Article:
Just before you arrive in Lake Louise there’s (at least) one more stop on the Icefields Parkway worth making. Pullover and take in the view of Crowfoot Glacier which is nestled in Crowfoot Mountain above Bow Lake.
The glacier was named as it used to have three claw-like toes but nowadays you’ll only really see two since the lowest one melted in the 1940s.
Tips & things to know before driving the Icefields Parkway
Before you embark on your road trip on the Icefields Parkway, there are a few things you should know to make your journey all the more enjoyable!
There is pretty much no mobile signal on the Icefields Parkway. You can get some free wifi at the Icefields Centre if you’re absolutely desperate. But honestly, you’ll probably enjoy being “off-grid” for a day or two.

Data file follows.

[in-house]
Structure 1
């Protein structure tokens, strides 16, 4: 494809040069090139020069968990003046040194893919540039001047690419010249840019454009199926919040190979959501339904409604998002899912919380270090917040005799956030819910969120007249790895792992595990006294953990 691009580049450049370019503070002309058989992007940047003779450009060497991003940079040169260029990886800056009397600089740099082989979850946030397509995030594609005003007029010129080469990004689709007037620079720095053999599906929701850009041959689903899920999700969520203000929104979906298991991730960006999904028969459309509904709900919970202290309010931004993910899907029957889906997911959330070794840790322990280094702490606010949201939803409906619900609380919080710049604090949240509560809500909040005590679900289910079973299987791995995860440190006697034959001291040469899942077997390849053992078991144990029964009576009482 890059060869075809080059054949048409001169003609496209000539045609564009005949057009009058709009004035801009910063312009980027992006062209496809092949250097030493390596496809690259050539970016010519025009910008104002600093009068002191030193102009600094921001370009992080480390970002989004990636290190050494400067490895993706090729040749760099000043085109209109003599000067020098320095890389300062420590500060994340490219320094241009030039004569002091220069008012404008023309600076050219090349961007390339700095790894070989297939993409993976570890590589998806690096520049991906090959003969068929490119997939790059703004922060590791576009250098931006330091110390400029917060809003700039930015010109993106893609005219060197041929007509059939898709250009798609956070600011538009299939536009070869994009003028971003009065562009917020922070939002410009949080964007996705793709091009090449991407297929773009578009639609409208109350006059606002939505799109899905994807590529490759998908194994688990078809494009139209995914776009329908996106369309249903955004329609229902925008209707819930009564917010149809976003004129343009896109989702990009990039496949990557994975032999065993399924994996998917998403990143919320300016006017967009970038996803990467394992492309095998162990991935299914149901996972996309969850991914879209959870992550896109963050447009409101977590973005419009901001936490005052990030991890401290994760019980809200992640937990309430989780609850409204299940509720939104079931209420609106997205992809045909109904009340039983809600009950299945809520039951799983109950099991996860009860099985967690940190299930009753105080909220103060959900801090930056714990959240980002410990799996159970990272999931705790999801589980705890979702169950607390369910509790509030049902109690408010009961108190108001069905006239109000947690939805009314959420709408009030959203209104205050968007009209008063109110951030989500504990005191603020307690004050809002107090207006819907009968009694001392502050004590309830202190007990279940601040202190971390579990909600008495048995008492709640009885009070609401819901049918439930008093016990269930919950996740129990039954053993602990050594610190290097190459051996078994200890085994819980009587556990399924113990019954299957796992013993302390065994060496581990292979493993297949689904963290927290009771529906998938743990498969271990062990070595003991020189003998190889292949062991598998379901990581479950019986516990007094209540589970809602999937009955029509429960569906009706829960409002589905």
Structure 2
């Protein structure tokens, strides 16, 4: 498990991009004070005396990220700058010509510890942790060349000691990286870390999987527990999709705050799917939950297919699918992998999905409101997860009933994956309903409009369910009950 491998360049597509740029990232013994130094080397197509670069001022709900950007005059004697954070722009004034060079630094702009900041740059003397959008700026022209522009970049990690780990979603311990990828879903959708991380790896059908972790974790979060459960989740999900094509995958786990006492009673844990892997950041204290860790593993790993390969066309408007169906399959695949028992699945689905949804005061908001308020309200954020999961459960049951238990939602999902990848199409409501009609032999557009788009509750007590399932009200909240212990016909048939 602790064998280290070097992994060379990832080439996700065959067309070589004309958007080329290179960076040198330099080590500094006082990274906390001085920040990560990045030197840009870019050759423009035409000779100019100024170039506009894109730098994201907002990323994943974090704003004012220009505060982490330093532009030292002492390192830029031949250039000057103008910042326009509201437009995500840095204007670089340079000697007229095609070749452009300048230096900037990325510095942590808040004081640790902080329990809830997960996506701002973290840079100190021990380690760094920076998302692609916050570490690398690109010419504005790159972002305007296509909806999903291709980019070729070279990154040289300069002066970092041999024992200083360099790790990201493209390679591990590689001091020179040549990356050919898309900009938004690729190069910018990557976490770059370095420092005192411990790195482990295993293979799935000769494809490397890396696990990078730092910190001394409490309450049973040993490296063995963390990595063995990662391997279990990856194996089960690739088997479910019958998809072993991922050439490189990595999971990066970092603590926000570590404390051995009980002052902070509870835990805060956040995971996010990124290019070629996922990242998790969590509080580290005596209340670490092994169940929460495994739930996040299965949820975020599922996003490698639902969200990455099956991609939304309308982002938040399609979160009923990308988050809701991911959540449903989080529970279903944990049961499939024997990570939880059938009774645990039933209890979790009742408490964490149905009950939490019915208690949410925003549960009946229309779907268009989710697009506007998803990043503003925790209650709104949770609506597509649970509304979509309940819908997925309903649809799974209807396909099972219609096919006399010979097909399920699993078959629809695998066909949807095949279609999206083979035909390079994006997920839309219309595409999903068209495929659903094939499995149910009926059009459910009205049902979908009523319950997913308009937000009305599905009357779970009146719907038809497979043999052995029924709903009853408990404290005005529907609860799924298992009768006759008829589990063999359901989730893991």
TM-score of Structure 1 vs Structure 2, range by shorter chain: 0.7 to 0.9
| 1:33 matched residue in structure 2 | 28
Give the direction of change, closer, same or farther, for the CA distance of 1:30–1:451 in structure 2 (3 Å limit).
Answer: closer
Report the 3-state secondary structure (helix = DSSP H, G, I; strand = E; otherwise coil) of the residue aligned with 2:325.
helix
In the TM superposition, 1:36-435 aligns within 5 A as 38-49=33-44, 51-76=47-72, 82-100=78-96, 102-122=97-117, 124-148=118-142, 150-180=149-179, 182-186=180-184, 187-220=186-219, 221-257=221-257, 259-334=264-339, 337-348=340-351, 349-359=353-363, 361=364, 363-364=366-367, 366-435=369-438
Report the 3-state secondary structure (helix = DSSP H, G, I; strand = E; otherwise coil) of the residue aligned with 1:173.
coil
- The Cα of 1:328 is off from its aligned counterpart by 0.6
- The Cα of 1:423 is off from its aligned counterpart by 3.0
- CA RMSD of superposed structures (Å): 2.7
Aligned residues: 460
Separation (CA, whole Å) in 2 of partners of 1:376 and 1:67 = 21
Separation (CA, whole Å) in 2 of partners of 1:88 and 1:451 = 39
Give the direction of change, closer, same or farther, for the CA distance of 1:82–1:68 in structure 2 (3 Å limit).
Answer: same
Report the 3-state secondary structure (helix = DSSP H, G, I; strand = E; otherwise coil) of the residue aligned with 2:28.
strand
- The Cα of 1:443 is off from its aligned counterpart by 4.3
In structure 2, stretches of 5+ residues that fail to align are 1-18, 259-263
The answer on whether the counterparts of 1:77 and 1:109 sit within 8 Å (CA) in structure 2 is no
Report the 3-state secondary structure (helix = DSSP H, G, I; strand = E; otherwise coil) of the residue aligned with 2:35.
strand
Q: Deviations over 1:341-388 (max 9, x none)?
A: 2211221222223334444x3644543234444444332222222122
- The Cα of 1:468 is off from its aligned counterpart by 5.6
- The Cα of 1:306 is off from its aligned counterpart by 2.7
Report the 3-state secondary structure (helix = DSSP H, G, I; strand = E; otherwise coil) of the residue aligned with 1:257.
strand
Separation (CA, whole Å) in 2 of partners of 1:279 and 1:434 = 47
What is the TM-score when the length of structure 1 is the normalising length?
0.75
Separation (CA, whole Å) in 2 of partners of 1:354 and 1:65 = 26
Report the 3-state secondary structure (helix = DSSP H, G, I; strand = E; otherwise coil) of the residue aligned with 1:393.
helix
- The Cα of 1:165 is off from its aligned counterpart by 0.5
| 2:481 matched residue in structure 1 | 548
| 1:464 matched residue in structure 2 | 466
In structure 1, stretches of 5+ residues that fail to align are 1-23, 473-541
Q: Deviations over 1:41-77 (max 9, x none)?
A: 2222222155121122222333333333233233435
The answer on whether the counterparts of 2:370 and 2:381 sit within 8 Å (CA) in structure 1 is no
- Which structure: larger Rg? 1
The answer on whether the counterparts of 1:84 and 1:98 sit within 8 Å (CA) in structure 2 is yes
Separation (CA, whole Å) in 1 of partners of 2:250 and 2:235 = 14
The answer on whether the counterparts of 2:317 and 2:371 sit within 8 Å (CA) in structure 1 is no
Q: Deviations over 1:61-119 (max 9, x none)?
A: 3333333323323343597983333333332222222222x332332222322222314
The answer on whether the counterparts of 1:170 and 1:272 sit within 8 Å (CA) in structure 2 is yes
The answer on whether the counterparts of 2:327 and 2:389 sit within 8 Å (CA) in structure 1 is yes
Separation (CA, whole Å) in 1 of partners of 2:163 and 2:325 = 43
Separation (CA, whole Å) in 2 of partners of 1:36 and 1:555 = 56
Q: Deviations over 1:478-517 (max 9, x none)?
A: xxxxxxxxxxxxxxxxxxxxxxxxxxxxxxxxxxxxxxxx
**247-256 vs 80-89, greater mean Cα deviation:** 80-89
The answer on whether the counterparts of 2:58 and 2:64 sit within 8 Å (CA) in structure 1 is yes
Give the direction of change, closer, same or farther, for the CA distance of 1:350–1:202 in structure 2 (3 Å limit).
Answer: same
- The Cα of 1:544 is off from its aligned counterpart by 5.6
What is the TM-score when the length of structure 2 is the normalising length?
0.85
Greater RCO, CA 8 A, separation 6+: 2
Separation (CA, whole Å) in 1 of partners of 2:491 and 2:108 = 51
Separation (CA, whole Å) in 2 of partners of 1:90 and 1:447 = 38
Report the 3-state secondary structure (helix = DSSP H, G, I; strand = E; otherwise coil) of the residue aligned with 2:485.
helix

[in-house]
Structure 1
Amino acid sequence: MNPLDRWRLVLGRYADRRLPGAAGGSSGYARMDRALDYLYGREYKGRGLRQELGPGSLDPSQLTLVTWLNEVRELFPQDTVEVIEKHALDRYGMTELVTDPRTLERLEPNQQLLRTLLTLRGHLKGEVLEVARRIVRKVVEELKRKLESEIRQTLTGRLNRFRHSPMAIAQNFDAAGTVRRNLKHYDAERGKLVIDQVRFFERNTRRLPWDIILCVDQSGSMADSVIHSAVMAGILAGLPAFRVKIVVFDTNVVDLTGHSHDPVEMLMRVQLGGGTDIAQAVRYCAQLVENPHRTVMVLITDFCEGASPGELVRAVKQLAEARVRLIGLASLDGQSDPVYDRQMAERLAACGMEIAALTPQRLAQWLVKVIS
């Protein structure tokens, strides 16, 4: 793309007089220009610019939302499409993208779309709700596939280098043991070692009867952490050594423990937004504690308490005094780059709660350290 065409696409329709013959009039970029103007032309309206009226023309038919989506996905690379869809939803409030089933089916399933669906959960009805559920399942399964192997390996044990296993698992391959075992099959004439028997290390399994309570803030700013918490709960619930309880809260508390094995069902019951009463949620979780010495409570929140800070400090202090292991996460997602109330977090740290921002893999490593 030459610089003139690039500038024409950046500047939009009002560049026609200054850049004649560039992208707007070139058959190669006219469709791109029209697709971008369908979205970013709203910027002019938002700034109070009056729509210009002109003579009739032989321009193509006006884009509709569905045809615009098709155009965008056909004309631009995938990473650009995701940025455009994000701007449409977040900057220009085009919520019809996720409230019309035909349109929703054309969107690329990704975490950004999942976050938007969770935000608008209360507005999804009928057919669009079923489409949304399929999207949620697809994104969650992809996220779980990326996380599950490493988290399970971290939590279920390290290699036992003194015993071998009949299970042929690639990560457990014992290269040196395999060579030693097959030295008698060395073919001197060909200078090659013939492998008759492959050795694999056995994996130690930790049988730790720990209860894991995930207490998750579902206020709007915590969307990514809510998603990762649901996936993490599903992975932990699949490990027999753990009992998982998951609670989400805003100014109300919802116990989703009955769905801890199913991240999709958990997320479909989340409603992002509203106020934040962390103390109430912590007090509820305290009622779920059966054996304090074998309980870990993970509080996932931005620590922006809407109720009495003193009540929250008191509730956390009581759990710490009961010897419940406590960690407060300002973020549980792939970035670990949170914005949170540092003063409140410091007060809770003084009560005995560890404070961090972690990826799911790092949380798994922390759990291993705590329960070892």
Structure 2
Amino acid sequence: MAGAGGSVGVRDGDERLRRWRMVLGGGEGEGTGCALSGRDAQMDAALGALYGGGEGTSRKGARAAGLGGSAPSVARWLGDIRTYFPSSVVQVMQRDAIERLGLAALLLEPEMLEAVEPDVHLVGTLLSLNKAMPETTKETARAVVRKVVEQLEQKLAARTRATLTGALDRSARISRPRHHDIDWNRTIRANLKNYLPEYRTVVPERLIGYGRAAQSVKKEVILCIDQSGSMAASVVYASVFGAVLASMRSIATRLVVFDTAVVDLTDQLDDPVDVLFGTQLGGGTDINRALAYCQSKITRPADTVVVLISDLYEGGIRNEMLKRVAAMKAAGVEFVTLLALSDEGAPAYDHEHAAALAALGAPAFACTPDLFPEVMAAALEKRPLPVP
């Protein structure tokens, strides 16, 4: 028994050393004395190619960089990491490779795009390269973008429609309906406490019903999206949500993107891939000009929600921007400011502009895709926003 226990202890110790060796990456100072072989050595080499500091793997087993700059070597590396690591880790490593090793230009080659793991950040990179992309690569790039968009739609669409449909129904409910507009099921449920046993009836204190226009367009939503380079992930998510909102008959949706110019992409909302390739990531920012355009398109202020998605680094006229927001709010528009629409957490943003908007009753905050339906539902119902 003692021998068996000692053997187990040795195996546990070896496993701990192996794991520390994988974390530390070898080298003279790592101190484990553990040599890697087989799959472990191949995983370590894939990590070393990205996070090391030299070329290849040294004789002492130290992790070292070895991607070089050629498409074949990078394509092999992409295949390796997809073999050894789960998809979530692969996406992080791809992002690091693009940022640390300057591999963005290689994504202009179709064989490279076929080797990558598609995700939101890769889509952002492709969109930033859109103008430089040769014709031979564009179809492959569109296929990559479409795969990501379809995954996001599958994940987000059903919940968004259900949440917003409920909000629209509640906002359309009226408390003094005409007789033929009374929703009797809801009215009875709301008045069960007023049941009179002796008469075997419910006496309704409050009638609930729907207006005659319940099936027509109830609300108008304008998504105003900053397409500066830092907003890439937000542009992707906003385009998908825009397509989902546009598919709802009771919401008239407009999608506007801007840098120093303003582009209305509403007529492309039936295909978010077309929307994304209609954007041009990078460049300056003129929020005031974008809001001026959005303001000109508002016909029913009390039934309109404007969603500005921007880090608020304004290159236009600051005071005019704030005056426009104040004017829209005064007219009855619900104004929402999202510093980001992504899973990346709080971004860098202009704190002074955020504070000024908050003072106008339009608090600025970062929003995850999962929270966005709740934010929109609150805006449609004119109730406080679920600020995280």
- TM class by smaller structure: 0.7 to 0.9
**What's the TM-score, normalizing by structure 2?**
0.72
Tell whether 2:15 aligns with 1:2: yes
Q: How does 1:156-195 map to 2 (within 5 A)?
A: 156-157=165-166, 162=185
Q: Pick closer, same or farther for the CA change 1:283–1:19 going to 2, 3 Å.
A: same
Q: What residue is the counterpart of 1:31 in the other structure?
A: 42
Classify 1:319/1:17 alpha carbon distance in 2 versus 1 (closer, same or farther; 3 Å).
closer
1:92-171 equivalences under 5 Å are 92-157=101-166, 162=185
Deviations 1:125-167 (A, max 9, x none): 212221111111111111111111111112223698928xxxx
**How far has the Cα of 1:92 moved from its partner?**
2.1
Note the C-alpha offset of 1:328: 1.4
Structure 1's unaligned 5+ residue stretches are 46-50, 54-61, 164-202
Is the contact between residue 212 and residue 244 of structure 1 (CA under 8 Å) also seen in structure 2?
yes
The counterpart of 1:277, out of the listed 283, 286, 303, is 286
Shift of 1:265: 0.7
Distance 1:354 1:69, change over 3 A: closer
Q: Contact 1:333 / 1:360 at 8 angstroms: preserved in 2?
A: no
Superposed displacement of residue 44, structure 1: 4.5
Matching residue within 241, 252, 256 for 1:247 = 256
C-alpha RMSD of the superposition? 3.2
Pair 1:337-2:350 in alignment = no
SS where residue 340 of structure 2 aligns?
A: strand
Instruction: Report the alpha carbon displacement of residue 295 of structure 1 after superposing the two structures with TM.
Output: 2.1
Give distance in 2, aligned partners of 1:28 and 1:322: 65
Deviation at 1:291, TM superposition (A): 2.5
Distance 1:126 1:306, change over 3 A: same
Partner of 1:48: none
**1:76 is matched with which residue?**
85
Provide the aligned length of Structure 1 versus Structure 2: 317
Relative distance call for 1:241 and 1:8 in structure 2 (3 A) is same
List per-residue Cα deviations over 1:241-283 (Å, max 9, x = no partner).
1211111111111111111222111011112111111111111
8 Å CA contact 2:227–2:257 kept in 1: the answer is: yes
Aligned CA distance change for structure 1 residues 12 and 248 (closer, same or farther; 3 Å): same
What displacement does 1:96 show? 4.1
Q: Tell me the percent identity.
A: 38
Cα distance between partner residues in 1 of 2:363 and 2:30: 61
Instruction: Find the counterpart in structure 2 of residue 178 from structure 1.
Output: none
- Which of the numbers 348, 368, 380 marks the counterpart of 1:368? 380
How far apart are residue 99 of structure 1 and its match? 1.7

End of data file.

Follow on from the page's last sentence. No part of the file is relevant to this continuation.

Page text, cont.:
There is just one place to fuel your car: The Crossing Gas Station in Saskatchewan River Crossing. It’s best to fill up at Lake Louise or in Jasper (depending on which direction you’re travelling).
From October to May there is no road maintenance from 3.30pm to 7am. Expect snow in winter and perhaps closures due to avalanche control. Make sure you have winter tires from October to May. Check road reports (511 Alberta) before driving.
If you stop to see wildlife pull well onto the shoulder and stay inside your car. If you’re going out hiking, be sure to have bear spray on you.
NEVER try and feed wildlife or get out of your car!
Don’t rush it!
232km may not seem that far but doing it in one day means you’ll end up rushing some sections and you’re not going to want to do that! I’d suggest at least 2 days.
Rent a car
This way you can stop whenever you want, for as long as you want. Check out RentalCars for great rental deals.